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Daughters of the Oak

By: Becky Wright
Narrated by: Lesley Dessalles
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Summary

The Conjuring meets The Witch in this dark, chilling mix of horror and history.

The English Civil War. The Royalists of King Charles I and Cromwell's Parliamentarians battle, both eager to lay claim to a tattered country, where life has become cheap and death trivial.

Though, for the lowly commoner, a greater, far more devious war rages. It threatens the souls of the weak, timid, and needy. Seeking refuge in the Lord's word, God-fearing folk employ the skills of one man, the Witchfinder. His success speaks of his talent to seek out, punish and rid the countryside of Witches, the Devil's Whores.

2016–A paranormal team are called to investigate, as poltergeist activity brings terror to one family. Under the cover of darkness, in silent suburbia, an endless night of battle against evil ensues, until finally, a new day dawns.

Lies, secrets, and treachery, it seems, are never forgotten…. Welcome to Manningtree.

©2017 Becky Wright (P)2022 Becky Wright

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Absolutly brilliant

As I retire to bed with my cup if cocoa, armed with my kindle and my best set of headphones I am ready to open up my imagination to my audio book. Who of us avid gothic readers have not at some time or another, relished that sinister chill running down one’s spine when a new book and audiobook of the genre has been published. I had read “The Manningtree Account” some time before, and I confess that I was a little reluctant to read “The Daughters of the Oak” but I need not have been concerned. And wow! Am I glad I didn’t because “The Daughters of the Oak” is a superb story. It is not a history of Mathew Hopkins’ activities in Manningtree. Essex. circa 1644-46, per se, but he is always on the periphery throughout the book. It is a book of fiction, but is set during the historical period of the English Civil War where life has become cheap and death trivial.
The present. Manningtree. October 2016: As poltergeist activity brings terror to a family who are scared, nay petrified of this devilish spiritual activity. A paranormal team are called to investigate, but it seems that all the weight of the past with its the darkness and evil seems to have penetrated into the very fabric of time itself. The story seamlessly transfers you between the past and the present day and it becomes obvious that there is a very personal connection between the young woman Hopkins seeks to destroy, and Mathew the Witchfinder himself. The author, with great skill and tenacity weaves a time shift that holds your imagination to the last. The modern-day tale is as harrowing as the 17th century one, as we witness the past destroying the lives of the present in a truly unnerving and unsettling way. The story is well researched and well worth the listening too and so as I slip into slumber after listening to Ms Wrights latest offering and whilst having scared the wits out of myself, I am content and know I am well served.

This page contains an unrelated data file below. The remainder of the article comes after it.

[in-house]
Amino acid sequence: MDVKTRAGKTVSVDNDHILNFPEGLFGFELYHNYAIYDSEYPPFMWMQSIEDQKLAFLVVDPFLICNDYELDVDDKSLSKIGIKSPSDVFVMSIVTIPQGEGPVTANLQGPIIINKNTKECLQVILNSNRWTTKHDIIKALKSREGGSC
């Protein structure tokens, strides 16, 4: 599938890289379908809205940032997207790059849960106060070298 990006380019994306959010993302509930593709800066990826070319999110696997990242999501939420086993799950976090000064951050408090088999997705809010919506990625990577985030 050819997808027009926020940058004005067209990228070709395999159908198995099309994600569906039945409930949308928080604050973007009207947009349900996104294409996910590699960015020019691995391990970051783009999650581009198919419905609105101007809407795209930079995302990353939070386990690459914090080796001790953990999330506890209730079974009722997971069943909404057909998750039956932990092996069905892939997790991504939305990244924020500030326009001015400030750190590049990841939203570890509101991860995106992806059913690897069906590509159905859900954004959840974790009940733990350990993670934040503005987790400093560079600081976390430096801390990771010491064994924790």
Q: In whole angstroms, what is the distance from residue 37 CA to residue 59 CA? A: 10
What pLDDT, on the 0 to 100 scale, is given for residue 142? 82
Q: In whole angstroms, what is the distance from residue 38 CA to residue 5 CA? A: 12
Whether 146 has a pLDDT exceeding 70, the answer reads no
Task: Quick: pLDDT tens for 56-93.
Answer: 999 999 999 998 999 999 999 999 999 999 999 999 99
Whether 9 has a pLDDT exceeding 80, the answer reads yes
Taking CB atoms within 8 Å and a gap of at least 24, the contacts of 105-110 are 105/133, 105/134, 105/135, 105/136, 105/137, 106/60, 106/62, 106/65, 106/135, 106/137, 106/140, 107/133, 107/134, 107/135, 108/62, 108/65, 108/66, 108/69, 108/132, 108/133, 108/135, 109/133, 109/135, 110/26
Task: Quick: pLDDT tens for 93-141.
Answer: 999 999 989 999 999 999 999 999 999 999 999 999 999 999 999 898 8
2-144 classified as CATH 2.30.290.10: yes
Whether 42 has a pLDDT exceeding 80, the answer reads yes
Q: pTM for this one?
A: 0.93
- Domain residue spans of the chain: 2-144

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Excellent

Read Daughters of the Oak after sampling, so glad I did.
It's a documentary drama with facts about the Witch Finder General with a sad story behind it.
The way women were called witches because they used nature for healing was horrendous.
The writer captured the essence of the time perfectly it kept me enthralled.
The narrator brought the characters to life.
Definitely my kind of book and look forward to reading more from Becky Wright.

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Only got one star because the review won’t let me.

It’s the wrong sort of horror. I was horrified, not by the story but by the the way the author seemed to enjoy the violation of the girl. It was creepy and distasteful. I’m no prude but it was as if the writer was really “getting off” on the description. Sorry for the slang term , saying she was aroused by it in an embarrassing way may be too blunt. Had there been any shred of story I may have forgiven her but there wasn’t. Save money and time, avoid like the plague.

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  • Paul Preston
  • 09-01-22

The Witchfinder General

Matthew Hopkins, the Witchfinder General, was a real person back in the 1640’s who was the judge and executioner that sent up to 230 people to their death in just a couple of years. The meat of this book is not nonfiction but it very well could be. This feels like such a large story for such a short book. Women are persecuted for such crimes as trying to cure a child’s fever. Guilt and execution are inevitable unless they give up the names of other witches.
However, the dead do not stay in the past. Angry spirits of some women come back in the modern time to drive out the living as paranormal investigators try to help the spirit crossover.
Becky Wright has left the names of the so called witches out, being respectful and knowing that the accusations are fabricated. While not having names did get a little confusing, it was honorable of her to do that. What these women went through was a disgusting display of masculine power that churned my insides while I read it. I really wanted to jump into the book and kick all of these guys in the round tables.